Posts Tagged ‘#techeproject’

Thank you to Two Writing Teachers for creating an amazing community of writers and a safe, welcoming space to write and share.
A quick video of an egret in flight on Bayou Teche, Louisiana.

What do you do with a perfect day? The temperature was just right, 70 degrees. Not a cloud in the sky. Humidity low. Sunday is our day to catch up and get ready for the work week. We go to church and come home to our individual chores: cat litter, trash cans, lesson plans, laundry, grocery…and I had writing group. “You think we can squeeze in some paddle time?”

I decided that there were a few things I could put off like vacuuming, so I said a resounding, “Yes!” Perfect days are rare, so I feel we must embrace while we can. So we made a date for 4:00 PM. Jeff hosed out the canoe (ants), I grabbed the paddles, and off we went.

Heading directly into the sunset, the colors change. The old leaves on the oaks are a dark green while the new pollen fuzzies are a golden yellow. People complain about this popping of the pollen. It aggravates allergies and covers cars in a fine sprinkle of golden dust. All part of the healthy life cycle of a great live oak tree.

Pollen on the Grandmother Oak

Some, not all, of the cypress trees are showing new growth. These tiny needles are the brightest neons of green. The truest sign of spring.

cypress needles against blue sky

As we paddled home, Jeff noticed a plastic chair wedged in some tree roots across the bayou. He said, “I think that’s our lost chair.” A few storms ago, the water had risen and taken with it a plastic chair from our yard. Sure enough it was ours. Jeff managed to back the canoe next to it and grab it with his paddle. The chair was a little muddy but still in tact. I had to take a selfie to get a photo of it, so the angle and perspective are odd, but you get the idea.

Jeff rescued our long lost backyard chair.

We were home before the sun set and were treated to the appearance of a great white egret. Grace from God to praise this perfect day. Click on the video above to see this majestic bird in flight.

Great white egret

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Thirty-four days. Our wood duck hen sat for thirty-four days. We were losing hope, afraid the freeze back in March did it. On Sunday morning I got a text from a bayou neighbor, “Today is jump day for one of our houses!”

“Our duck has been sitting for 34 days. No hatching yet. I’m not sure we should keep waiting.”

“Mine sat for longer than usual.”

So I flipped over to our RIng app. Did I hear cheeping? Mother hen was eating a shell. They were hatching!

You probably want to know how many, but it’s nearly impossible to count when they are little blurry black blobs wiggling.

Monday was Jump Day. It was also a school/work day. We had to rely on the camera. Jeff set up a new Ring camera outside of the house in order to record the jump. Around 10:00, I checked the cameras. Gone. All the ducks had jumped. I missed it, but the camera did not.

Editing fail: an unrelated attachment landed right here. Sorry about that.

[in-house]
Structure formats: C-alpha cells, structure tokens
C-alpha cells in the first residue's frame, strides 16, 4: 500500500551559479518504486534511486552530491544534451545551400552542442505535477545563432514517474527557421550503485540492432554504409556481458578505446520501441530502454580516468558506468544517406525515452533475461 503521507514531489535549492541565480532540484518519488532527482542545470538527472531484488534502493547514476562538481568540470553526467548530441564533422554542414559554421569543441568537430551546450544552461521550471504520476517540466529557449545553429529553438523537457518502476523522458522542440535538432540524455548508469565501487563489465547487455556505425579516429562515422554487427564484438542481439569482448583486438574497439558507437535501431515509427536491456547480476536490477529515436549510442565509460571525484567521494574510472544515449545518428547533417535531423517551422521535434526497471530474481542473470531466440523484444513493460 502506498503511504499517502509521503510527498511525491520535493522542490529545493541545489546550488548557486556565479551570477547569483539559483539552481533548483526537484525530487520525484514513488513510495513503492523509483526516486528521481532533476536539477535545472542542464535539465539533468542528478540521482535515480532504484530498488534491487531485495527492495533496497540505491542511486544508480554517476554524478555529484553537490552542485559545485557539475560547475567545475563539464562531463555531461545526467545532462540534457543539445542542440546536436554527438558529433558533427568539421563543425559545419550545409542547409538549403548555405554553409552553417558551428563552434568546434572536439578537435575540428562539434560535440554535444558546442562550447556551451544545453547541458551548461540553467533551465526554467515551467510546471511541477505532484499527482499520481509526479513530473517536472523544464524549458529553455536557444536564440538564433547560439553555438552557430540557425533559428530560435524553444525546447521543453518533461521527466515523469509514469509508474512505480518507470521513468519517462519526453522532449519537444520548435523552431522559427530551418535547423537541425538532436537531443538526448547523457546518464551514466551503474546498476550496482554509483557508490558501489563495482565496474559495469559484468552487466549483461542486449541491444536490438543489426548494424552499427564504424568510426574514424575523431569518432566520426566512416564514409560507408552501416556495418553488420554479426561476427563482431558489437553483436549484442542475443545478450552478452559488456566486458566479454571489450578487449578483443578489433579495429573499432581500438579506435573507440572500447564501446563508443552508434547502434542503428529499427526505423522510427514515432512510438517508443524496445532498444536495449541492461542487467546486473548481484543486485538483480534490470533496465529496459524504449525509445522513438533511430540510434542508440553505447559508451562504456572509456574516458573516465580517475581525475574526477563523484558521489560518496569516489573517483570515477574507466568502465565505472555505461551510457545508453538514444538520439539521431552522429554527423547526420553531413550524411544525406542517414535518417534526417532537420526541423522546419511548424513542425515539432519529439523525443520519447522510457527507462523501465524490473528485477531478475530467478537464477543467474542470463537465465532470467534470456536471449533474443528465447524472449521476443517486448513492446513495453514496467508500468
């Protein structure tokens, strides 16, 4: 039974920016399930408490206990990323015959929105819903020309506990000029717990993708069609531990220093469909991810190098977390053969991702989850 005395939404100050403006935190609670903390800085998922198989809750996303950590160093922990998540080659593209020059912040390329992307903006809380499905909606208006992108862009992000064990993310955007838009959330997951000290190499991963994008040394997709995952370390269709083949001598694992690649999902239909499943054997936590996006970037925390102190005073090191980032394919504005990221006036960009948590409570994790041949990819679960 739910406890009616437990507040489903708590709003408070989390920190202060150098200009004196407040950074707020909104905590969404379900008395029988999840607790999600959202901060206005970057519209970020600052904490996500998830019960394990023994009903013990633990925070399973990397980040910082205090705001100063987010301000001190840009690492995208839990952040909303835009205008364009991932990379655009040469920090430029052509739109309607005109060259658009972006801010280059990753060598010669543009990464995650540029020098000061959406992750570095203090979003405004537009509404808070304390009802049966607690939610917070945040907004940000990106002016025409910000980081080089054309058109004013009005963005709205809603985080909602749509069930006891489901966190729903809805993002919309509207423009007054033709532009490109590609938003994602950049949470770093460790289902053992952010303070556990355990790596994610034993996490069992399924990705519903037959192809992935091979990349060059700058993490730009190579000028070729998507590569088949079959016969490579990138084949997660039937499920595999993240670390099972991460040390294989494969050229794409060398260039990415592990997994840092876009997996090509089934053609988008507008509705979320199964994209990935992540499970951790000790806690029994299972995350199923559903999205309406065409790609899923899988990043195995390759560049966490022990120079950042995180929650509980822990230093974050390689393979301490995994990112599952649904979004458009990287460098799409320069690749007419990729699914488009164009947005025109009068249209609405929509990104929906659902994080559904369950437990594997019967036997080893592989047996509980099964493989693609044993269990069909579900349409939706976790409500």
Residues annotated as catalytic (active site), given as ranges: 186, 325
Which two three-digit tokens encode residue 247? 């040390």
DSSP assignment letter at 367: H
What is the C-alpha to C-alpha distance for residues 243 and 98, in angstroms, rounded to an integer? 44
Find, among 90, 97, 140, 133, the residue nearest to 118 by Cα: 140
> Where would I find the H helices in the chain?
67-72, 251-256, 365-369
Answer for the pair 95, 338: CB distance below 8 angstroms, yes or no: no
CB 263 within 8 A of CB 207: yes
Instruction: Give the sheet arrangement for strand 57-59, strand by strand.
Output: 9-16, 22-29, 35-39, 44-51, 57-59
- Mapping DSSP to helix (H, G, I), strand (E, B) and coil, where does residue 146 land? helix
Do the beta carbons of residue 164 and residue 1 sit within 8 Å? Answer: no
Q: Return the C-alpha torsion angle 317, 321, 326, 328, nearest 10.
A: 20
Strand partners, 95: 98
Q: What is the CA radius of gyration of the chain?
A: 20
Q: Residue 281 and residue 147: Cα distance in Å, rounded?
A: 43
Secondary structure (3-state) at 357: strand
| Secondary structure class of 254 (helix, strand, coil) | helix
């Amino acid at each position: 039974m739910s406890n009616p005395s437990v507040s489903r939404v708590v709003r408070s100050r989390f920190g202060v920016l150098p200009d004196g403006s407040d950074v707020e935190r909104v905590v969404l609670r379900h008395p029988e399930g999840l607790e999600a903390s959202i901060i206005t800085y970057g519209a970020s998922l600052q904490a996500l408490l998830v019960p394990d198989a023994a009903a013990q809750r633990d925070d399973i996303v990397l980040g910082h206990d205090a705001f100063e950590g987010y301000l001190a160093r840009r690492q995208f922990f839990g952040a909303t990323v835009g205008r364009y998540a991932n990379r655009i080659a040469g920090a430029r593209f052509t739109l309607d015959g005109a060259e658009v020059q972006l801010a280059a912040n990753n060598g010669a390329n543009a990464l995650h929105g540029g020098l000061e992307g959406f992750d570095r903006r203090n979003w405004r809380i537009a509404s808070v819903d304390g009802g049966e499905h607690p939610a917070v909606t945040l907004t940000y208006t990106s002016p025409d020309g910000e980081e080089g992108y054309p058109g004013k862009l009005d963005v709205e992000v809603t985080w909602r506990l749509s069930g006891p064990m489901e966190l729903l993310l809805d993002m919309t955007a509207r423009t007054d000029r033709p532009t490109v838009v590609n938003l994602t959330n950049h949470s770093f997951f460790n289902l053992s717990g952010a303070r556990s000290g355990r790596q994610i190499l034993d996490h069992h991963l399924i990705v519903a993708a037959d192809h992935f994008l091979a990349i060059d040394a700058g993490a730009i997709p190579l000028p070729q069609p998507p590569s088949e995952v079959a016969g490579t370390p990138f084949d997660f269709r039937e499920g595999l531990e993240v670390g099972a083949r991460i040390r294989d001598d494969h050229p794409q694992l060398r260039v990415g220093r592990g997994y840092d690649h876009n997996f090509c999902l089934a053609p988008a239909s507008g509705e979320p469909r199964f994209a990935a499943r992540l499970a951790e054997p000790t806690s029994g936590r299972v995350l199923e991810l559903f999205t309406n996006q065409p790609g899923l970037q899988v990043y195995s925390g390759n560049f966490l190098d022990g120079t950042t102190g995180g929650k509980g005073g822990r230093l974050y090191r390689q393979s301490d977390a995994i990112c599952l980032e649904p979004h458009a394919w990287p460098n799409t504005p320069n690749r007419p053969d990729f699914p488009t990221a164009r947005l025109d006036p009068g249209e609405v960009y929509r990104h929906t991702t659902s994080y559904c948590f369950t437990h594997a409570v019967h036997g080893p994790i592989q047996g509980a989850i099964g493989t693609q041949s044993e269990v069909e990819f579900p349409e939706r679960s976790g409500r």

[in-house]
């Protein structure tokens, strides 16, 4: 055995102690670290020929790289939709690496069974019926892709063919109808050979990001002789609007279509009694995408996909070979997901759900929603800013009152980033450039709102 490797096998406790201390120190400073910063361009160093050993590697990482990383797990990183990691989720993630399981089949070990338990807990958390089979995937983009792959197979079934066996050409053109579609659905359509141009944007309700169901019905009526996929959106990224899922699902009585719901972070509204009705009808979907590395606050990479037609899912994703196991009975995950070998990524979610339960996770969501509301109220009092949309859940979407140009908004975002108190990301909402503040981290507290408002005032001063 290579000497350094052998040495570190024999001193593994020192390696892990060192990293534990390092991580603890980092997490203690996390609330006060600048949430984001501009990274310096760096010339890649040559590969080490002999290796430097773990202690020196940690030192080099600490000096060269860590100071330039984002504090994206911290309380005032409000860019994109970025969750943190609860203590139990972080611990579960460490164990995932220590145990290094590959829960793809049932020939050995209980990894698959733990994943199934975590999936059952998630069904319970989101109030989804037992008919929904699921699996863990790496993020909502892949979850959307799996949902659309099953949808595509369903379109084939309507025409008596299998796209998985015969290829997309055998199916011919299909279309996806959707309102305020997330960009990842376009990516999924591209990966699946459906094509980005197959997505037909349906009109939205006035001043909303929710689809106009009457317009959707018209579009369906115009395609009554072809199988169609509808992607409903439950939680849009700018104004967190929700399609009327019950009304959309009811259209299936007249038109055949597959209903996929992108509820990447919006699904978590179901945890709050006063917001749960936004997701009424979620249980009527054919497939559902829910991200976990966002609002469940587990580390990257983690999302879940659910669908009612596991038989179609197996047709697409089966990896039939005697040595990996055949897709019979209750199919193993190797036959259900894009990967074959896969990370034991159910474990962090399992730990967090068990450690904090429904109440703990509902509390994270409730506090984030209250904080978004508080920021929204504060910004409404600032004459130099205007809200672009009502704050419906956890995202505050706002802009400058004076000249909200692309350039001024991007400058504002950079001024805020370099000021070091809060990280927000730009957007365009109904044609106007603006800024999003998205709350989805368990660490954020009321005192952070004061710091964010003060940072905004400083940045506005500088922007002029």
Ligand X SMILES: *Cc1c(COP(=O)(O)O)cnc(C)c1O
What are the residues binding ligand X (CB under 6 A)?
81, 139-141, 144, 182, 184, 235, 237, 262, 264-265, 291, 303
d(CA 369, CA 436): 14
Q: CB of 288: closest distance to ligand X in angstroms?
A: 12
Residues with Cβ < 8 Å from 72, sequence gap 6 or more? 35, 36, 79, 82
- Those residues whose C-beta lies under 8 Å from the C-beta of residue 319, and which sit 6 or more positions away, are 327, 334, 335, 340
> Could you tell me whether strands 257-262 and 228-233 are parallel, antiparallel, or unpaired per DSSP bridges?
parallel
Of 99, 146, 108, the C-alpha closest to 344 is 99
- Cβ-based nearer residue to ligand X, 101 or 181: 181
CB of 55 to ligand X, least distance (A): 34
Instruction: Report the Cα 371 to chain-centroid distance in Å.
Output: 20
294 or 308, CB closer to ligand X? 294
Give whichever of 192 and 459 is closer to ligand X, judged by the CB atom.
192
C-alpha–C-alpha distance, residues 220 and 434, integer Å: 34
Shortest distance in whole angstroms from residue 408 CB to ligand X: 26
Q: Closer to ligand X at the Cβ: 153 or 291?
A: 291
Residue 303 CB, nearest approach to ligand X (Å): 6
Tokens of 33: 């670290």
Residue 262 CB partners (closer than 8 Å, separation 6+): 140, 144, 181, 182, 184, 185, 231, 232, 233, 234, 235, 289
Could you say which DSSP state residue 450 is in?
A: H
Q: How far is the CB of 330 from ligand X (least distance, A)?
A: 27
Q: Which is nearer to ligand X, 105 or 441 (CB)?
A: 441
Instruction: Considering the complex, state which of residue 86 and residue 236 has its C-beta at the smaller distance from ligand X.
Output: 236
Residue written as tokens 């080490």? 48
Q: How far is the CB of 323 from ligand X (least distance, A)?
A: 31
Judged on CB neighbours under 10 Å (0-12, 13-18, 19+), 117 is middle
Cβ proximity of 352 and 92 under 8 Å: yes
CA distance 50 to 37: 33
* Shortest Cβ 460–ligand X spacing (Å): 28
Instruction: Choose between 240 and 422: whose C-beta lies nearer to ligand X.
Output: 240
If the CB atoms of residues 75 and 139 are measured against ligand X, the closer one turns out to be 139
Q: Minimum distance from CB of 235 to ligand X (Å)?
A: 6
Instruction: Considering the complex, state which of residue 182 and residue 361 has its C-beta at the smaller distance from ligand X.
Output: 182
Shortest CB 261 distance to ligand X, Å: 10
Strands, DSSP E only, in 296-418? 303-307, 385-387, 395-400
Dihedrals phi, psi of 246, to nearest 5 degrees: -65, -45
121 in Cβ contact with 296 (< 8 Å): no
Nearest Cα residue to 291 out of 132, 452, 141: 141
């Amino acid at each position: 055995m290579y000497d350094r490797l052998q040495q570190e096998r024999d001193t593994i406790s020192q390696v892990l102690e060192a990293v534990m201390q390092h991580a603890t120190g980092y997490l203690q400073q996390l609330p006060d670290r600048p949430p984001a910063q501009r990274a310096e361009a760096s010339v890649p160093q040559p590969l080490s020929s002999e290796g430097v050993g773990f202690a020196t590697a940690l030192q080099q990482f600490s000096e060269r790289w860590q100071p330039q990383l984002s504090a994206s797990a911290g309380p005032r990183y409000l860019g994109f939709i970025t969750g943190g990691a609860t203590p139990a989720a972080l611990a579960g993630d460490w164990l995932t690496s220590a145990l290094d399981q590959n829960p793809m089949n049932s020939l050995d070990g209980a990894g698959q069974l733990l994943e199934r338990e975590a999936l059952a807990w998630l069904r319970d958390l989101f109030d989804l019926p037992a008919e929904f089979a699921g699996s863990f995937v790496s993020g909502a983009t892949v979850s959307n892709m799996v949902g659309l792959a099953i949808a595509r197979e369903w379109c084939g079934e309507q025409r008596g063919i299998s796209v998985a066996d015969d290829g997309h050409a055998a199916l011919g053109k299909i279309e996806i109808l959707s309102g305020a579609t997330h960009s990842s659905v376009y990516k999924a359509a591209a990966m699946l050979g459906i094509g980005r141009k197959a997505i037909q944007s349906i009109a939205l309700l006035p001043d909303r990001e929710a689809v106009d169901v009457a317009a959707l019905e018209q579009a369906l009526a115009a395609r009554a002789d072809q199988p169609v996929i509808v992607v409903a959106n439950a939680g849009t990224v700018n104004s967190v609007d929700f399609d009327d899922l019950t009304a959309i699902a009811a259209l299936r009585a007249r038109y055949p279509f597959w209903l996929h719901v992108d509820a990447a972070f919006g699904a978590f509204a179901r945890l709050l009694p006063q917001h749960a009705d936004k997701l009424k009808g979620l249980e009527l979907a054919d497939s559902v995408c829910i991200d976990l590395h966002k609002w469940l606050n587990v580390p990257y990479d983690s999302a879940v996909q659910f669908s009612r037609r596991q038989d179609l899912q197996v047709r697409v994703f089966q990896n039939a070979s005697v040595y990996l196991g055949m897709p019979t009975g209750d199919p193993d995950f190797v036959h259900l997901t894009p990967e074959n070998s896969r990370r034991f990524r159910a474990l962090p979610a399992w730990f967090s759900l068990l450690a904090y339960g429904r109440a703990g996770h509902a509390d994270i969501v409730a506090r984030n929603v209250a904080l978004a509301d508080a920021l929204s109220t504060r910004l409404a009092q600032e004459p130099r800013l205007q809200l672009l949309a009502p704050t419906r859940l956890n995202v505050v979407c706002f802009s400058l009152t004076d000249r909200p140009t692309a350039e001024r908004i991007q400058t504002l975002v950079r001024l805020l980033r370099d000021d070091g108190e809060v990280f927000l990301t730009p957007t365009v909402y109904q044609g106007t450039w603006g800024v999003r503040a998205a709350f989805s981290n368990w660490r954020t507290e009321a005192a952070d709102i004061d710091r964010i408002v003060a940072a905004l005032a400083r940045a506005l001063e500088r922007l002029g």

As I showed the video to my student, Avalyn, she named the little ducklings. “Come on, Tiffany, you can do it!” she urged as one of the babies hesitated to jump. Avalyn also wrote a poem-song (impromptu) to celebrate Jump Day!

Wood duck, wood duck
open your shell.
Come out, come out, come out now!
Little duck, little duck,
quack with your snout.
Little duck little duck, little duck
don’t you frown
Come play in the bayou
and make no sound.

Avalyn, 2nd grade
Jump Day, 2022: Watch the lower right corner to see Momma Duck come back to get a wayward duckling.

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Thank you to Two Writing Teachers for creating an amazing community of writers and a safe, welcoming space to write and share.

Saturday brought warmer winds and time. My husband suggested a paddle on the bayou. Living on the Bayou Teche, we try to take opportunities to go out in the canoe. We know that too often we are too busy, or it’s too hot, or too cold, or too ___ fill-in-the-blank.

Our paddle to the East–
soft breeze,
flock of yellow-crown night herons,
waves to friends on their back porch.
Stop for a beer break, turn back toward the sunset.
sun majestic on the water,
an Eagle sighting,
simple beauty.

Eagle over Bayou Teche at sunset, photo by Margaret Simon (iPhone)

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Poetry Friday round-up is with Linda at A Word Edgewise.

We’ve been watching our wood duck nest box for months. The first clutch did not hatch. Overcoming our disappointment, we set out new wood shavings and hoped for the best. By and by, another wood duck hen came in and laid 18 or so eggs. (Maybe it was two hens?) Nevertheless, we watched again. She seemed to be doing it all right, turning the eggs, covering them in down before leaving to feed, and sitting, sitting, sitting.

Yesterday morning my husband texted and said, “Look in the house.” (I am away from home this week.) When I looked at the video on my phone sent from the camera in the nesting box, I saw three dark blobs. At first I was afraid they were dead, but eventually realized that hatching is hard work, so they lay still.

We are both proud parents of 12 wood ducklings. Today was Jump Day. At 7:30 AM, Momma went out and called her babies. They climbed the wire mesh my husband had nailed into the wall nearest the hole. One by one they reached the hole and jumped out.

A poem will come, I’m sure. Yesterday, Laura Purdie Salas posted her 15 Words or Less image and I wrote this little ditty.

Ripple Effect

One egg hatches
then another.
Soon the whole nest
is chattering.

Margaret Simon, draft, 2019

Jump Day! Photo by Danny Womack

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